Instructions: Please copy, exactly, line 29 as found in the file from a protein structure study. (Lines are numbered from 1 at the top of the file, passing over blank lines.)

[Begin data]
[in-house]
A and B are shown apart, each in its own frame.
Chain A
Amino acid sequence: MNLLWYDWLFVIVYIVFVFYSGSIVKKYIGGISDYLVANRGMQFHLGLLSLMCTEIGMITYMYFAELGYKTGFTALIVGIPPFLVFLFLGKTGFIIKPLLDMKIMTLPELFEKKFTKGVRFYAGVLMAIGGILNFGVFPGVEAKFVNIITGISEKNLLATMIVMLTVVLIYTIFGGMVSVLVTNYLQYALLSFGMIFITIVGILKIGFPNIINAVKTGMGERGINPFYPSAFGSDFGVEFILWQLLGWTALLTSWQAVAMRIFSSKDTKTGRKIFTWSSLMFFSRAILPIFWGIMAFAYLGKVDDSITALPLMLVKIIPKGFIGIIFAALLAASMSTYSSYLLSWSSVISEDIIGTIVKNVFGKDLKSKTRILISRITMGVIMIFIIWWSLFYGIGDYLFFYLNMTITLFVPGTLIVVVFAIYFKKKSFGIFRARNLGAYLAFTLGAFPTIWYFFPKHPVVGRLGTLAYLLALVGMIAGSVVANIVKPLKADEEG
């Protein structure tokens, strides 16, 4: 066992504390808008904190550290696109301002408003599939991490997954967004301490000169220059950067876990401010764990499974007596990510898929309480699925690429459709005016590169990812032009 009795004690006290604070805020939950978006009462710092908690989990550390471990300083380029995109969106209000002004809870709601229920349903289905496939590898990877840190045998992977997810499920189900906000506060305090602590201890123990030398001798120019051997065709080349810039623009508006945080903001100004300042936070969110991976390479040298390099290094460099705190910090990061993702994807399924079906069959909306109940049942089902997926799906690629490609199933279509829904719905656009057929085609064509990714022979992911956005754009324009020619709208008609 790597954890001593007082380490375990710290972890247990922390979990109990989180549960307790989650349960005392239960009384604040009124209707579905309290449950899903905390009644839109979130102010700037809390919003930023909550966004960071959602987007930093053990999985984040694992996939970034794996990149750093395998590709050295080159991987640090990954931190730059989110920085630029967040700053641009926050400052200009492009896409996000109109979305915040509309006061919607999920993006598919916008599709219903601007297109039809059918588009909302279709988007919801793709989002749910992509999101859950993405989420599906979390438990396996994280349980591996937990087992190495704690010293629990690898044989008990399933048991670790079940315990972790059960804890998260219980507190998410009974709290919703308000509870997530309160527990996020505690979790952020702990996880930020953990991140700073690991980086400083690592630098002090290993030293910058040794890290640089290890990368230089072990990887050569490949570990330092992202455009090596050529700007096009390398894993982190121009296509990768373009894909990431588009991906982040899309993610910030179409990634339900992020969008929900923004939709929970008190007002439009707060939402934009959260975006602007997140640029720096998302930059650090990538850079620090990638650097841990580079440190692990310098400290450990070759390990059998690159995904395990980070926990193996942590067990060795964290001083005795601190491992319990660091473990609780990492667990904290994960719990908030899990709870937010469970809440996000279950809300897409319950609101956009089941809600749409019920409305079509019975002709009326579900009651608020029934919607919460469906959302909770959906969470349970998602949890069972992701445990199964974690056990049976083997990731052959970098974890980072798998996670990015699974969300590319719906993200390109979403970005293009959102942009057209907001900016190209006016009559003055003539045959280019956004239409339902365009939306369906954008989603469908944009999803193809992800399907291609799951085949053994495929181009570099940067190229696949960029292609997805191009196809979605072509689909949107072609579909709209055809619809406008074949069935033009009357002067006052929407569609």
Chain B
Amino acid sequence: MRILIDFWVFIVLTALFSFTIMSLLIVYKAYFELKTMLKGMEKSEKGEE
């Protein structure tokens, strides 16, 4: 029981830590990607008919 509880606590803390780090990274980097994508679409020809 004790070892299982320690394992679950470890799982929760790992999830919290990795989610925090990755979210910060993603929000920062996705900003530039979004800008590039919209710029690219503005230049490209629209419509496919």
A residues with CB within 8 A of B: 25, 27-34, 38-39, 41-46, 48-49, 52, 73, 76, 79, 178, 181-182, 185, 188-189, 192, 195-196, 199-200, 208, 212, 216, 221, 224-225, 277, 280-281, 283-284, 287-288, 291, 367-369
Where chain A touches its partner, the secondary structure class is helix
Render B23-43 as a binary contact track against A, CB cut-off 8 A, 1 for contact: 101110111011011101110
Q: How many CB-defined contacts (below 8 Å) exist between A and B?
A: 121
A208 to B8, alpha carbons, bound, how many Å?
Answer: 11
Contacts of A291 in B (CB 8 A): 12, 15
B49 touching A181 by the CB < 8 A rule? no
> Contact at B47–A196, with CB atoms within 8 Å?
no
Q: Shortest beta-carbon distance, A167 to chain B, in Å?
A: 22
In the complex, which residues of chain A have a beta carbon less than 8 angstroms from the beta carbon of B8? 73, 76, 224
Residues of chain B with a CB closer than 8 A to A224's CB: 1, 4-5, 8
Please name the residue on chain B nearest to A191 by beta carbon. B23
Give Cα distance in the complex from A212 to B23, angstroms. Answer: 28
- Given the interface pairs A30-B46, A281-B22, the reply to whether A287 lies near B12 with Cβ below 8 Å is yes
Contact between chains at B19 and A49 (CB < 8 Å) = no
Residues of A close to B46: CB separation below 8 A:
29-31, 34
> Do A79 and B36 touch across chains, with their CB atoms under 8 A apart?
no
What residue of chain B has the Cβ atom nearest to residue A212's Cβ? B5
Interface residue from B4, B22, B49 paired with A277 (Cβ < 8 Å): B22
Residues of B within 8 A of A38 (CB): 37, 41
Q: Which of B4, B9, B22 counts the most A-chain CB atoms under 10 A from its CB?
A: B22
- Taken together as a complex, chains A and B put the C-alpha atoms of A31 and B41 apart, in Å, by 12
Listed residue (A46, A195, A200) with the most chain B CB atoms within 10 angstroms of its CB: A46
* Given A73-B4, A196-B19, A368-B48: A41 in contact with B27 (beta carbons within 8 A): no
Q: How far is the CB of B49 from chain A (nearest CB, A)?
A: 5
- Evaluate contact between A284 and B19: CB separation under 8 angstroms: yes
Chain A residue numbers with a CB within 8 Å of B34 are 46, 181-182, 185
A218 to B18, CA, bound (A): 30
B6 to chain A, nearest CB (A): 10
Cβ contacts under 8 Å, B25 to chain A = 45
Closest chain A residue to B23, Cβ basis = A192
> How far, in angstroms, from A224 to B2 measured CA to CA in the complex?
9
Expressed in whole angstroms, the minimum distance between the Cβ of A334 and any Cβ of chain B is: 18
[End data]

29-31, 34